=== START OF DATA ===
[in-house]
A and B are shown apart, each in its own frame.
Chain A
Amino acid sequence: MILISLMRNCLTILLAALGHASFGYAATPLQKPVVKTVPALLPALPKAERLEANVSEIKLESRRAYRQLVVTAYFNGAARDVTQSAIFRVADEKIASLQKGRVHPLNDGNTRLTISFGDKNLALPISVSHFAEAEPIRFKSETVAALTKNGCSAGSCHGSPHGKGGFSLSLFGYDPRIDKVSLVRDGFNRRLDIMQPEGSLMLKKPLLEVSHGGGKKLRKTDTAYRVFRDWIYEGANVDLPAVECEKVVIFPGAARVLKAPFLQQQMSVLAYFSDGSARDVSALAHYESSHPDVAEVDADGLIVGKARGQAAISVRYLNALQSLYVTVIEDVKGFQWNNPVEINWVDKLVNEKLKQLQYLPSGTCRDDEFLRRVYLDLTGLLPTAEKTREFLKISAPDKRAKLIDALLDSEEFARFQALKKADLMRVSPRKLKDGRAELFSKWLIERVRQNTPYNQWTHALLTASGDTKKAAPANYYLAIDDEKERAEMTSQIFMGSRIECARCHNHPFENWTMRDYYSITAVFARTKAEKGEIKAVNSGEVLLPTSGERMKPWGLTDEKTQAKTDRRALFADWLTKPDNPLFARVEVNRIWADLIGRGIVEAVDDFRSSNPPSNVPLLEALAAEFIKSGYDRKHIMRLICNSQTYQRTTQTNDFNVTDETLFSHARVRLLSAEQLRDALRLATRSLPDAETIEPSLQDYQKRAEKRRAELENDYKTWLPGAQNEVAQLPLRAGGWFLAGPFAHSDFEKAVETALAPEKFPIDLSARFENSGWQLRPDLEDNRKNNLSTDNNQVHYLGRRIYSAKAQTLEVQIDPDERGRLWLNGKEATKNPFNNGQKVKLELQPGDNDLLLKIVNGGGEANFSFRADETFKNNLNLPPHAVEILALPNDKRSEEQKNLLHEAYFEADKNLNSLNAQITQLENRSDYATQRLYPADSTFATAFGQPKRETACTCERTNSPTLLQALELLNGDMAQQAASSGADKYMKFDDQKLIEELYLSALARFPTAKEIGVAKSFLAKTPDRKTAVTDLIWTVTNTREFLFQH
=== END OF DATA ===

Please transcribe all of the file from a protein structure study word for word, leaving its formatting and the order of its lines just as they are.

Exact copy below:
[in-house]
A and B are shown apart, each in its own frame.
Chain A
Amino acid sequence: MILISLMRNCLTILLAALGHASFGYAATPLQKPVVKTVPALLPALPKAERLEANVSEIKLESRRAYRQLVVTAYFNGAARDVTQSAIFRVADEKIASLQKGRVHPLNDGNTRLTISFGDKNLALPISVSHFAEAEPIRFKSETVAALTKNGCSAGSCHGSPHGKGGFSLSLFGYDPRIDKVSLVRDGFNRRLDIMQPEGSLMLKKPLLEVSHGGGKKLRKTDTAYRVFRDWIYEGANVDLPAVECEKVVIFPGAARVLKAPFLQQQMSVLAYFSDGSARDVSALAHYESSHPDVAEVDADGLIVGKARGQAAISVRYLNALQSLYVTVIEDVKGFQWNNPVEINWVDKLVNEKLKQLQYLPSGTCRDDEFLRRVYLDLTGLLPTAEKTREFLKISAPDKRAKLIDALLDSEEFARFQALKKADLMRVSPRKLKDGRAELFSKWLIERVRQNTPYNQWTHALLTASGDTKKAAPANYYLAIDDEKERAEMTSQIFMGSRIECARCHNHPFENWTMRDYYSITAVFARTKAEKGEIKAVNSGEVLLPTSGERMKPWGLTDEKTQAKTDRRALFADWLTKPDNPLFARVEVNRIWADLIGRGIVEAVDDFRSSNPPSNVPLLEALAAEFIKSGYDRKHIMRLICNSQTYQRTTQTNDFNVTDETLFSHARVRLLSAEQLRDALRLATRSLPDAETIEPSLQDYQKRAEKRRAELENDYKTWLPGAQNEVAQLPLRAGGWFLAGPFAHSDFEKAVETALAPEKFPIDLSARFENSGWQLRPDLEDNRKNNLSTDNNQVHYLGRRIYSAKAQTLEVQIDPDERGRLWLNGKEATKNPFNNGQKVKLELQPGDNDLLLKIVNGGGEANFSFRADETFKNNLNLPPHAVEILALPNDKRSEEQKNLLHEAYFEADKNLNSLNAQITQLENRSDYATQRLYPADSTFATAFGQPKRETACTCERTNSPTLLQALELLNGDMAQQAASSGADKYMKFDDQKLIEELYLSALARFPTAKEIGVAKSFLAKTPDRKTAVTDLIWTVTNTREFLFQH